The car nap — is there anything worse? I wish I could tell you it gets better, but my kids are 6 and 9 and still routinely fall asleep in the car. It's like a magical lulling agent that just sends them off into a gentle slumber. You'd think a car nap would be helpful, but when you go to move your kids — nope. Everyone tries their best to make the transfer, but knowing how to avoid a car nap can help you skip the inevitable unpleasantness you know is coming once you park.
My son didn't transfer from the car to his crib at all. As soon as I pulled him asleep from his car seat, he was up and at 'em. It was really frustrating that I felt as though I was imprisoned by his nap time. My schedule revolved around his naps, and there was very little I could do about it unless I could stay in the car for 90 minutes, or just accept the fact that my son would be a total crabby patty the rest of the day. He's always been a kid who relies on a good, solid sleep routine.
By the time my daughter came around, I couldn't do it anymore. I simply couldn't be bothered at that point. I had so much to do, and I needed a solution. While it didn't always work, I did find a few things that helped, and I asked other moms for their input as well on avoiding the car seat nap.
The first thing I learned was to not encourage sleep behavior — my daughter wasn't allowed to have her pacifier or her blankie while we were on car rides. If she had one or the other, she was out like a light. Yes, this did lead to some rather loud car trips, but those were followed by blissful, blissful silence when we got home. But what do other moms do?
Janine Maioriello, 34, tells Romper that she would play with the windows, raising and lowering them to entertain her kids as they started to nod off. The wind would perk them up and the motion would make them laugh.
Chris Koutsis, 30, says that they like to do sing-a-longs, telling Romper that not only did belting out some Hamilton with their kids keep them up, it also taught them history. (And perhaps a bit about removing corsets.)
Looking for something that requires less work on your part? Nicole Tenenbaum, 27, has a simple tip — she tells Romper that she would offer her children an ice cold beverage, usually water. "I give her a sippy cup filled with insanely cold water. It's cool enough to keep her awake, and it keeps her occupied."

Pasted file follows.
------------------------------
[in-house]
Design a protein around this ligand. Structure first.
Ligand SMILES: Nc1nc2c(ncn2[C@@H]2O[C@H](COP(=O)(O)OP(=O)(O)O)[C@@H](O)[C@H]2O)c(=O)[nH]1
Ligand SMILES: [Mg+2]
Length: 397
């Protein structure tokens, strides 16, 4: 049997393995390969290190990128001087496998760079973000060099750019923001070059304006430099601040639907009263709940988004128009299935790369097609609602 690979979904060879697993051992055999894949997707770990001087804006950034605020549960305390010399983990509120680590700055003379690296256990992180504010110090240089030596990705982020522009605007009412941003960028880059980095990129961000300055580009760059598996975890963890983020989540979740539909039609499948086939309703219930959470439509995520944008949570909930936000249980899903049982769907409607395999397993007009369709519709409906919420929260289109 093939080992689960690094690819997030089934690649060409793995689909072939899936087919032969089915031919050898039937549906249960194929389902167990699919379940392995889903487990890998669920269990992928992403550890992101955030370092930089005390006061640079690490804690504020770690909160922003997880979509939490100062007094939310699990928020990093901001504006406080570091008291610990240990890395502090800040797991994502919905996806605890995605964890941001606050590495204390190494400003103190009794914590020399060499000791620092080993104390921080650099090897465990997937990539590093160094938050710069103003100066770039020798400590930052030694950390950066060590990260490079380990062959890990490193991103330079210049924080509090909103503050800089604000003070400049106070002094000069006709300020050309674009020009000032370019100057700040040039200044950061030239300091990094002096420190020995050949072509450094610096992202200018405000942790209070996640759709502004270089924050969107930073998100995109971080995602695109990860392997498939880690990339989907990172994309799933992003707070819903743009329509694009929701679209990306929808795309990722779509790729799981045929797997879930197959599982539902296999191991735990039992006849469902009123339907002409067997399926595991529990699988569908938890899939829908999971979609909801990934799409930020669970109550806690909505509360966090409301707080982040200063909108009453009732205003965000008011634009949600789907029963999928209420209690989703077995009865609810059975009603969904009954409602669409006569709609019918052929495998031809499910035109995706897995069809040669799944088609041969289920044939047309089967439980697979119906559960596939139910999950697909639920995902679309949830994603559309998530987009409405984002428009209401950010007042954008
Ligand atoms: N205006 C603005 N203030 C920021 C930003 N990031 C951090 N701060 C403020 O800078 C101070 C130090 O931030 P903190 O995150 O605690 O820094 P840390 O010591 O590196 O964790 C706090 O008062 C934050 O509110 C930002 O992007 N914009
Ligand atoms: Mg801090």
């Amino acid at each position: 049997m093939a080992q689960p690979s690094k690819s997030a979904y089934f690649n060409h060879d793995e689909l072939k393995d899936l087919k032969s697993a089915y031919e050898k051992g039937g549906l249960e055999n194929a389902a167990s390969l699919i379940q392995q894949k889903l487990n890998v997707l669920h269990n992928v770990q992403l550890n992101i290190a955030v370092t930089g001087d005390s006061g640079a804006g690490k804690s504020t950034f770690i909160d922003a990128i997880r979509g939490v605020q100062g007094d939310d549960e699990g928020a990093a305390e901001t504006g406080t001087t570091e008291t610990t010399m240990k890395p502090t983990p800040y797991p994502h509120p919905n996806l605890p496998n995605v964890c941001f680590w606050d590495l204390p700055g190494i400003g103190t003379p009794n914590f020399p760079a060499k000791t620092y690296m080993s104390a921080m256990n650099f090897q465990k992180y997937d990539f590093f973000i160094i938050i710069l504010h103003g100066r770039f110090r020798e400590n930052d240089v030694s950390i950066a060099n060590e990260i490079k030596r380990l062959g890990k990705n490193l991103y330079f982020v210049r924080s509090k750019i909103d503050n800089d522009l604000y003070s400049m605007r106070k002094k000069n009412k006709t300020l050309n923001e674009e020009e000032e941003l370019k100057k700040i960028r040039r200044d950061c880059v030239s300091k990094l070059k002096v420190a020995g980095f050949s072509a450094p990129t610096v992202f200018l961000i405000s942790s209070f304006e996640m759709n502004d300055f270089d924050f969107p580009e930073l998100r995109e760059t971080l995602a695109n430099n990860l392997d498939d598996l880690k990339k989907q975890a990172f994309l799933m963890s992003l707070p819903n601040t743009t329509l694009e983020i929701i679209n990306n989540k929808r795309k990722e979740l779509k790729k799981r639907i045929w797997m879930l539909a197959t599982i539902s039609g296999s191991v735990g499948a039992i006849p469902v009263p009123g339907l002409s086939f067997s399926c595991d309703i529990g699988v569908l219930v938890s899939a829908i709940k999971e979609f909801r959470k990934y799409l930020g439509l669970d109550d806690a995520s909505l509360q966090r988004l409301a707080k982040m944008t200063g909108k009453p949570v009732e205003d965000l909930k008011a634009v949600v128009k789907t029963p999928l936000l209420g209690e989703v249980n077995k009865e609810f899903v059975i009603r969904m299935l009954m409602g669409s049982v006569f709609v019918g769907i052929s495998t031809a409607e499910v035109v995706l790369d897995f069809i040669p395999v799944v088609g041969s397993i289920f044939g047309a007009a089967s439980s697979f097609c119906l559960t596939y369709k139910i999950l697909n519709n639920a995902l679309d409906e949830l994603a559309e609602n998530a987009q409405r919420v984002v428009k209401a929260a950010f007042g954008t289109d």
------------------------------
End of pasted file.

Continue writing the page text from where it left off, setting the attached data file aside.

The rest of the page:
I also did this, and it works well as soon as your kids are allowed water. I'd also be lying if I said I didn't use a particularly leaky sippy cup. If it falls upside down on them, that water is not warm — it will wake them up. (And that is totally worth the mess.)
But if you're not into dousing your child in ice water, Sylvia DeSantis, 28, has another suggestion. She tells Romper that she turns on Disney, and purposely sings the wrong lyrics just to rile up her Disney-loving child. "As soon as I sing 'Well Tamatoa hasn't always had a hand, he was a sad boy named Chad once,' she flips out and is instantly awake and full of piss and vinegar." (That's beautiful, baby.)
I'm now so going to do this, by the way. It will surely keep my daughter awake to hear me screw up the lyrics to Moana, which she loves like I love gin.
The number one tip I can give you is to find the temperature your child is most apt to fall asleep, and go for the complete opposite. My kids are snow babies and they love a chilly space. So I make my car really rather warm. Yes, they complain, but I'm perfectly comfortable in the heat, and they go to bed at night. I'm calling it a win.
But it's worth remembering that no matter what you try, if you're driving during your kid's nap time, a car nap isn't always avoidable. Maybe keep a book in the car so you can get in some reading while they sleep in the driveway? Or just assume bedtime's going to be earlier than usual.